The X chromosome is one of the two chromosomes that determine the sex of a person. Women have two X chromosomes. They inherit one X chromosome from their mother, and one from their father. The X chromosome from their father is an exact copy, while the one from their mother is a combination of her two X chromosomes. Men have one X chromosome, which they inherit from the mother, and is also a combination of her two X chromosomes.
|Relationship||Total DNA (cM)||Largest segment (cM)|
Looking at the real-life example again, I get 100% of my DNA from my mother, which is 196 centimorgans. This is a mixture of my mother’s mother’s and father’s X-chromosome DNA. As you can see, my uncle, who only has his mother’s DNA, shares only 61.4 centimorgans.
When using X-DNA to find help find a common ancestor with someone who shares both autosomal DNA and X-DNA, there are two important things to understand:
- Any father-to-son relationship can be excluded, as a boy only gets one X chromosome from his mother.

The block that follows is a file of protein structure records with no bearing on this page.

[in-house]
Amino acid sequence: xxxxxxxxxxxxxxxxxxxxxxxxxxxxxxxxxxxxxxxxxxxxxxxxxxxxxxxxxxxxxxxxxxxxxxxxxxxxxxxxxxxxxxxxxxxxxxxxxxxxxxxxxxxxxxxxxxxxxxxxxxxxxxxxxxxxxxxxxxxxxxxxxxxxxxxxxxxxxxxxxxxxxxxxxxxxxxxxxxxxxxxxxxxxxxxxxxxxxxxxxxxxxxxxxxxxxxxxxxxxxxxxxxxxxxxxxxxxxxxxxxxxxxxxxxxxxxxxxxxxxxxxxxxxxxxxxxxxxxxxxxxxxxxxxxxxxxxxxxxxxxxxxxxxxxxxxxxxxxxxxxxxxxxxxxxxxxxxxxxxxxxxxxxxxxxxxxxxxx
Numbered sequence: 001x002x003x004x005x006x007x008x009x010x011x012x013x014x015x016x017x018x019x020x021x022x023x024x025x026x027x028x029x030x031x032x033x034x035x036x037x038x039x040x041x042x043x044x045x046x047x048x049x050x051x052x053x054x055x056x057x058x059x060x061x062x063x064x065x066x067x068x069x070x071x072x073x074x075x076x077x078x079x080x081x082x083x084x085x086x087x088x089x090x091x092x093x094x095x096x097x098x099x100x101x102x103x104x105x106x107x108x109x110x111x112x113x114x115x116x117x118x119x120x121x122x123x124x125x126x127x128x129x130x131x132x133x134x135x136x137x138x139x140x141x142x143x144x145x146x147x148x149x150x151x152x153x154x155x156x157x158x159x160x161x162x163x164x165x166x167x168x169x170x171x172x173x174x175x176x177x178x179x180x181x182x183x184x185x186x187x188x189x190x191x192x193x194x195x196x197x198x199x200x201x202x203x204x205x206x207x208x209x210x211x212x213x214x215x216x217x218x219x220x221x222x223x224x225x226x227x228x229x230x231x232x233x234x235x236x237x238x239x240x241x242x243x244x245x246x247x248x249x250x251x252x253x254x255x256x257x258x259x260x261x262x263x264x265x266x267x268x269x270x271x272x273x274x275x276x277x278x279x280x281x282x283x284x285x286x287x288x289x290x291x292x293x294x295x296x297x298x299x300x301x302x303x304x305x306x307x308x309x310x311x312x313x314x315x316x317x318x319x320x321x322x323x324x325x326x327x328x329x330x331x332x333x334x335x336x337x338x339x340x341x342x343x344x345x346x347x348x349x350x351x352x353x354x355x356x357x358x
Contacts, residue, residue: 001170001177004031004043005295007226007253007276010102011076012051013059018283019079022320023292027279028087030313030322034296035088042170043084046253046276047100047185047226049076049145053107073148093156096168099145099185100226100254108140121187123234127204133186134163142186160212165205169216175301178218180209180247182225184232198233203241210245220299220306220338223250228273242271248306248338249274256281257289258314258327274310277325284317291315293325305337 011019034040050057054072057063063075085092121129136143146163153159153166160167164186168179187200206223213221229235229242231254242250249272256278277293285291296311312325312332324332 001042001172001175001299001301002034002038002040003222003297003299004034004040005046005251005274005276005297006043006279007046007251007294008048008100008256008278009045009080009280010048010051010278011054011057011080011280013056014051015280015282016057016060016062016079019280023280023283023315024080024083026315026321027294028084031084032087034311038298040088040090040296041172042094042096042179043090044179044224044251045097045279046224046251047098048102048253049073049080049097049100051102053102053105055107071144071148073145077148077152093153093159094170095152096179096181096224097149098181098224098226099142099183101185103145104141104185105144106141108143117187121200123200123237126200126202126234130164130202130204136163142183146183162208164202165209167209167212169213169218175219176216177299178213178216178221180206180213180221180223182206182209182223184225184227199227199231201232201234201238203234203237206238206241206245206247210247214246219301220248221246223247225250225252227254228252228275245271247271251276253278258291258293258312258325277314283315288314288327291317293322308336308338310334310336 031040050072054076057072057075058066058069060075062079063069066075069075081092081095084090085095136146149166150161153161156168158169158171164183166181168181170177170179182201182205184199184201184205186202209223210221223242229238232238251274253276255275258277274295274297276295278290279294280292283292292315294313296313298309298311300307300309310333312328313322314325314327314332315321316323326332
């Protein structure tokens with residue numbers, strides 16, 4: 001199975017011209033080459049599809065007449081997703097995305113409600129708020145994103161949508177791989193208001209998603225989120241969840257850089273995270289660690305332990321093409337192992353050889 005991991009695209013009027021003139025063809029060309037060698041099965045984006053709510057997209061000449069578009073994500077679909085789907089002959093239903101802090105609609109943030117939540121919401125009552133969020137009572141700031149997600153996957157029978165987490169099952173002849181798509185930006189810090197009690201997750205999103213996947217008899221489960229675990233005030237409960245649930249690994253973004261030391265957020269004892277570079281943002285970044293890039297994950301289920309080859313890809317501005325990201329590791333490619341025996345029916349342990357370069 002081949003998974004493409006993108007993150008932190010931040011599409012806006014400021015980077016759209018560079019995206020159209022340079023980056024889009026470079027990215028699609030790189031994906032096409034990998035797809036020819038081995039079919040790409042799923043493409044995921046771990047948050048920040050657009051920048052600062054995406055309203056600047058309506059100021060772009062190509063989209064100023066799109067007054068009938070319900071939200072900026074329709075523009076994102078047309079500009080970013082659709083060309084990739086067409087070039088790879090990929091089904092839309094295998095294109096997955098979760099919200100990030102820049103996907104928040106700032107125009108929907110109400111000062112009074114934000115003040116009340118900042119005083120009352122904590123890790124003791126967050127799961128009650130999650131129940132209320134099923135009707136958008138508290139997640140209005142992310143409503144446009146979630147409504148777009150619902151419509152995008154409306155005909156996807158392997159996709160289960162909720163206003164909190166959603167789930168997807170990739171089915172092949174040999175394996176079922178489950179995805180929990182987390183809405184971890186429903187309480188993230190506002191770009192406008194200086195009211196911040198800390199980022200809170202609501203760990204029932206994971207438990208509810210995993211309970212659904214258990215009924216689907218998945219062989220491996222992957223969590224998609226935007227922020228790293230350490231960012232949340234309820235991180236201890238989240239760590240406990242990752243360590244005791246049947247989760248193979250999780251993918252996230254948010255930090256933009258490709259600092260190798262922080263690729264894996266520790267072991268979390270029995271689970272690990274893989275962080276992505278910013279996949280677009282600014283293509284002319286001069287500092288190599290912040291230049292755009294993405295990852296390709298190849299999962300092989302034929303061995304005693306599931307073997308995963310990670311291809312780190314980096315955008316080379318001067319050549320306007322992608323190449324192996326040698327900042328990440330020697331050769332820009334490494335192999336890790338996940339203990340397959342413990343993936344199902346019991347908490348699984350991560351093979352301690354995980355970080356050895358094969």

- Because a girl inherits an exact copy of her father’s X chromosome, strong X-DNA matches are more likely to share a common ancestor along a father-daughter branch of the family tree.
For in depth information, see: X Chromosome Recombination’s Impact on DNA Genealogy.
The Y chromosome is what determines that a persons sex is male. A man inherits the Y chromosome directly from his father. As such, only men can get Y-DNA testing. Y-DNA mutates at a fairly predictable rate, so it is possible to estimate how many generations back the common ancestor was. Most importantly, it is 100% certain that they are male and on your father’s, father’s father’s line (paternal line). Y-DNA testing is popular for surname projects and for those trying to find a geographic place that their paternal line lived.
The are parts two Y-DNA testing. The first is testing of short tandem repeat markers (STRs). The more Y-STR markers tested, the higher the accuracy of matching relatives and estimating how many generations separate them and a common ancestor. It is generally recommended that 37 markers is the lowest that you should test if you want accuracy. However, on the various Family Tree DNA projects that I’ve joined, the recommendation is at least 67 markers, and preferably 111 markers. By testing these markers, you can be placed on the Y-DNA family tree and discover your paternal ancestors’ migration patterns, which go back thousands of years. Your overall group is known as haplogroup.